TANZANIA will be subjected to danger with some species likely to disappear, if the environment is not well protected. The threat demands that all leaders should work tirelessly to ensure environmental protection, in collaboration with the community they should also put in place measures to protect human activities from destroying the environment.
Vice-President, Samia Suluhu Hassan issued a stern warning on toxin sludge seeped into the rivers from mines, saying the government will equally institute legal action against factories failing to control the poisonous substances.
“Total disregard of the environment is likely to endanger the lives of the next generation, we need to provide massive education to our communities for everybody to participate towards the building of environmental conscious economy,” the VP said recently in Butiama village, home of the Father of the Nation, Mwalimu Julius Nyerere during the commemoration of the World Environmental Day marked this year nationally at Mwalimu’s residence.
The choice of the venue which aimed at borrowing a leaf and philosophy of Mwalimu Nyerere was commemorated amid United States of America’s announced withdrawal from the Paris Climate Accord, weakening efforts to combat global warming.
US President Donald Trump announced recently that the Paris Agreement was a pernicious threat to America’s economy and sovereignty. The Paris Agreement involves nearly 200 nations to voluntarily reduce their greenhouse gas emissions to curb climate change.
According to the Minister of State in the Vice-President’s office, Union Affairs and Environment, January Makamba, Mwalimu Nyerere led by example on environmental issues, citing the establishment of his own forest in his Butiama village, saying that all Tanzanians should emulate the fallen hero in environmental protection.
Speaking in Butiama recently, the National Environmental Trust Fund (NETFB) chairman, Ali Mufuruki said NETFB aims at collecting at least 200bn/- a year to fund a wide range of ambitious environmental conservation programmes and projects, and described environmental conservation as a national task that needs sustainable financial arrangements and flows.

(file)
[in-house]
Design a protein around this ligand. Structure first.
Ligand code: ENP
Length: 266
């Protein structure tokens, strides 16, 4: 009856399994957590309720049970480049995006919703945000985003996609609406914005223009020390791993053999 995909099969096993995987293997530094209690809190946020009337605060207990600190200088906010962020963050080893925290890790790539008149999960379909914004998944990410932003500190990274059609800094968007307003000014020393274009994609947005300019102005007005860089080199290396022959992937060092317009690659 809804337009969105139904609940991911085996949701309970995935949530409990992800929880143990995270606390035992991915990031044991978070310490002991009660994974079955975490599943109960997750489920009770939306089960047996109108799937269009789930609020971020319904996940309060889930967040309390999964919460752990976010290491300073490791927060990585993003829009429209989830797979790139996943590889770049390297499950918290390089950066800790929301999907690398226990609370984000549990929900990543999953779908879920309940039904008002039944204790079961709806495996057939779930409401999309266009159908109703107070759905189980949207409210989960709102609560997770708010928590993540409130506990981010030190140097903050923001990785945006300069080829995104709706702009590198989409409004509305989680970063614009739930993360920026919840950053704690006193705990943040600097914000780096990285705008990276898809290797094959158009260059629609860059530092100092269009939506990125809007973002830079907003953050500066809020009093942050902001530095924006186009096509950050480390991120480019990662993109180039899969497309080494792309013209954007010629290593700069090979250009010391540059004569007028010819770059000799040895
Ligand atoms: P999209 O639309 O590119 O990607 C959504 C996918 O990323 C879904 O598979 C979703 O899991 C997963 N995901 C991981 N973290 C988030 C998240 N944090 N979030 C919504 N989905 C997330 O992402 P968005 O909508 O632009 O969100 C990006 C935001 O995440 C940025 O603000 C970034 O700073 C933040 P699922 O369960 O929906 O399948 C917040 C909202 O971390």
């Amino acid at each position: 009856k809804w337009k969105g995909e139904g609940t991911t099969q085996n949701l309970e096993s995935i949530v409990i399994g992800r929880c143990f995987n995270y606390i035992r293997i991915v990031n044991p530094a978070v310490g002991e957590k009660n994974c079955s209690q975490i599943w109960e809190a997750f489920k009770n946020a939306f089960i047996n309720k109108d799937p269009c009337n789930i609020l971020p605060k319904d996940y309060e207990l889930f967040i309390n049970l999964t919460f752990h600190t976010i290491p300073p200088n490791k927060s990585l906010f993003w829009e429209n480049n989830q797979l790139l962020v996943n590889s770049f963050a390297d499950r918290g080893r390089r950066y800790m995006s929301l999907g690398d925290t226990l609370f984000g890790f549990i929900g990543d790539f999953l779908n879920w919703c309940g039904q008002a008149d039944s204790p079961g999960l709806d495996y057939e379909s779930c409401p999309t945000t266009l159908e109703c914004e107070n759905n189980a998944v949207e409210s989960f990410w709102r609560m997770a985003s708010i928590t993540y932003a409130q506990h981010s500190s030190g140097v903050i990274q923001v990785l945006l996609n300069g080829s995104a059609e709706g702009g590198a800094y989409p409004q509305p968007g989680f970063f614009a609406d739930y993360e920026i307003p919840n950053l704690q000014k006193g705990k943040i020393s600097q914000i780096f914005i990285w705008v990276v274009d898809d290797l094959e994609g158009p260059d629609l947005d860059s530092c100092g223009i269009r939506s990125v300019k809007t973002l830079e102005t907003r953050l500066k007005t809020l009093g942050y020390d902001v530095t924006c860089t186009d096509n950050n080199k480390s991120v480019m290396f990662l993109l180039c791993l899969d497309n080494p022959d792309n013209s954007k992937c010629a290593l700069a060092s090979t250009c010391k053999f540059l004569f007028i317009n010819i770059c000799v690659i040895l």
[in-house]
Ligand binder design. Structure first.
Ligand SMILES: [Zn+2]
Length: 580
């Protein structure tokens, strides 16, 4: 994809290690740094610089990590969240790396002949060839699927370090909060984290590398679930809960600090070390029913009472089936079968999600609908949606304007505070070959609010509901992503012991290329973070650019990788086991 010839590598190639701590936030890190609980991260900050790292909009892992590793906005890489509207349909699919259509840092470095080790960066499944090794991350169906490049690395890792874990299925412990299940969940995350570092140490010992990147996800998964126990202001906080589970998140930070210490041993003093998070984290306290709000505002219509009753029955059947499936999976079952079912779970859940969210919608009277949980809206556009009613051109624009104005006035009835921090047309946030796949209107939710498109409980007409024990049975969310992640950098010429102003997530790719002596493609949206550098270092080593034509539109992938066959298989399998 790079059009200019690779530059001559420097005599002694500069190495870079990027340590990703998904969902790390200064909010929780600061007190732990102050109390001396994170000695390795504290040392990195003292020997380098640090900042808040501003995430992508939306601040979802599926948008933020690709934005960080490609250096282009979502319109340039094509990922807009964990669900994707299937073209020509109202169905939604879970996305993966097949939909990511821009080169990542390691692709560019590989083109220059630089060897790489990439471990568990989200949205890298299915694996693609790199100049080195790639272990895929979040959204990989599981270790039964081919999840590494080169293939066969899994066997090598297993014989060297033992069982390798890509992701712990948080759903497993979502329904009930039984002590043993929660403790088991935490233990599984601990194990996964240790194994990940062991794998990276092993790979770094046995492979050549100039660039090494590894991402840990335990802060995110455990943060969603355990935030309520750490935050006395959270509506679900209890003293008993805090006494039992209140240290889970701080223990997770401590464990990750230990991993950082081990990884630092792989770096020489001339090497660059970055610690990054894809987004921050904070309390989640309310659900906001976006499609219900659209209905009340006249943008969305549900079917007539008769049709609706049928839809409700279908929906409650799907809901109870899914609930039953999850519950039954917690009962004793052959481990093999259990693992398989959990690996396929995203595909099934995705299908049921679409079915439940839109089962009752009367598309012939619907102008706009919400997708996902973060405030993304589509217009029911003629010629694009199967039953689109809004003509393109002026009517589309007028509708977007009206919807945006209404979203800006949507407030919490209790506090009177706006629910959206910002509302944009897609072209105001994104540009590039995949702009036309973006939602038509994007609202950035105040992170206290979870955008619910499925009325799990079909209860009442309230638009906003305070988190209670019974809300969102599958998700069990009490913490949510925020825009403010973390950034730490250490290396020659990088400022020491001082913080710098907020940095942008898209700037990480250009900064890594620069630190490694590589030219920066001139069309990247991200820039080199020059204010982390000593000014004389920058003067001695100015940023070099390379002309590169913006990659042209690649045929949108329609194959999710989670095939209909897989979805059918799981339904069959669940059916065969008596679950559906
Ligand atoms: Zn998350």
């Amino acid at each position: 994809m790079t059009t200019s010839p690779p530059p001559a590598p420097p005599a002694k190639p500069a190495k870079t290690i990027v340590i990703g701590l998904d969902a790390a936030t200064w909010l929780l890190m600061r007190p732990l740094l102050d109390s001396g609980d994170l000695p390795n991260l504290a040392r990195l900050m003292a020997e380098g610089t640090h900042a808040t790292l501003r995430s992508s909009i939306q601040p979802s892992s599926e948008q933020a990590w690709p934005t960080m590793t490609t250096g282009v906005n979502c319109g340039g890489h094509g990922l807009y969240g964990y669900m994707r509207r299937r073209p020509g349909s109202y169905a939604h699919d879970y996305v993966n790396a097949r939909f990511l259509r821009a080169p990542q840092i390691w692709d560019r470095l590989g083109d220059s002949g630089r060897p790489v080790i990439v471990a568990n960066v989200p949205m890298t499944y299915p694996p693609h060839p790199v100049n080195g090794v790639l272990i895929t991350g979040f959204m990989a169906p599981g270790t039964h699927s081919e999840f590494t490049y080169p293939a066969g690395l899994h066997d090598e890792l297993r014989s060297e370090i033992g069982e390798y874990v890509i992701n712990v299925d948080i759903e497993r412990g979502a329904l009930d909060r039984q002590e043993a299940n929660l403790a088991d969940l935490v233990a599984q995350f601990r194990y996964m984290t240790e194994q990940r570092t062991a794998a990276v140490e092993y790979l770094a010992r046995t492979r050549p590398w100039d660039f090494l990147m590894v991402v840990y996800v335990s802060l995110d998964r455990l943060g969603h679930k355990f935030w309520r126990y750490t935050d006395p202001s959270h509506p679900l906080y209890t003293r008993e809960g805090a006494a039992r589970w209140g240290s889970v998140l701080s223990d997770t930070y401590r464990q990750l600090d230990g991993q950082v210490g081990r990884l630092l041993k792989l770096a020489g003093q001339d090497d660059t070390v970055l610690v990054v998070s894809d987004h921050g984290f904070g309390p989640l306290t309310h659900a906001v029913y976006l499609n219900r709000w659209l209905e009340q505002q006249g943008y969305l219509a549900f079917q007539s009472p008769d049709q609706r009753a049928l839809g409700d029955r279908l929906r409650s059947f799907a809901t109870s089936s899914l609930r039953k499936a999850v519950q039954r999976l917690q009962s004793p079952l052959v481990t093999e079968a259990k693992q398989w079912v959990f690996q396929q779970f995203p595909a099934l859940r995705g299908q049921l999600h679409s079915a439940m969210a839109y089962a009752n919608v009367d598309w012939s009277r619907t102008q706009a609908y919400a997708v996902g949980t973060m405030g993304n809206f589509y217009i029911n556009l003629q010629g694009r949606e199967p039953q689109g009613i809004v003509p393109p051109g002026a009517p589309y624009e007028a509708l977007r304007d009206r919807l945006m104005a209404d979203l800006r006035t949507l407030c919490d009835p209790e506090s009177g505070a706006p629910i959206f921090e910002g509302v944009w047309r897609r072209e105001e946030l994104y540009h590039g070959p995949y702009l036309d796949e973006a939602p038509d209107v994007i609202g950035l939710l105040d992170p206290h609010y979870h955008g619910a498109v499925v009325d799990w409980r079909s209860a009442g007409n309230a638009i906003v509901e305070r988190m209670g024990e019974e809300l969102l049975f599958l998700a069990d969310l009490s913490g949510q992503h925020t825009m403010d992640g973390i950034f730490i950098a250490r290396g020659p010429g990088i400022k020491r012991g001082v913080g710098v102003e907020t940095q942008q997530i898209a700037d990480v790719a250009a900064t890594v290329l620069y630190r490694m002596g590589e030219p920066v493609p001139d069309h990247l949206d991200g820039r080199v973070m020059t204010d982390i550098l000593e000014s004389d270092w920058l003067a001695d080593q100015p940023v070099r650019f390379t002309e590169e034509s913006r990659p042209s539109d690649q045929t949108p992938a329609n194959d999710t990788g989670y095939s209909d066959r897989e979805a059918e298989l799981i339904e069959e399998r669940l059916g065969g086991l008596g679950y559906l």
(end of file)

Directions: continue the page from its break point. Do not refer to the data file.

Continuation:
“We anticipate kicking off with at least 200bn/- annual funding that will be allocated in strategic programmes whose successes will largely contribute in sustainable conservation of our valuable environment and natural resources,” said Mr Mufuruki.
Areas that the fund will benefit include forest researches, scholarly publication on forests and conservation topics, scholarship for present and future environmental scientists and national committees on environment, among others.
Heavy investment in environmental researches and conservation programmes were a paramount importance with the fund targeting to ensure higher learning institutions play the key role in the agenda.
Environmental pollution by industries was one of the main topics at the two-day national forum on environment, with almost all speakers citing human activities and individual recklessness as the factors behind alarming environmental pollution.
A retired Director with the Forest and Bees, Dr Felician Kilahama says conservation was neglected. “We had the conservation wardens who were tasked to guard the forests, but the cadre was gradually phased out.
It will be appreciated if this important cadre is reinstated and funded to execute its duties,” noted Dr Kilahama. Tanzania is now gearing up to pass a law to ban plastic bags because the country has a deadly addiction to the material with disastrous consequences.
Plastic bags cause havoc and block drainage systems which cause flooding, leading to outbreak of water-borne diseases, including typhoid and cholera. Plastic bags also trigger traffic chaos and accidents when it rains across Dar es Salaam and the rest of the country, as drainage systems are blocked and filthy water cascades across potholed roads.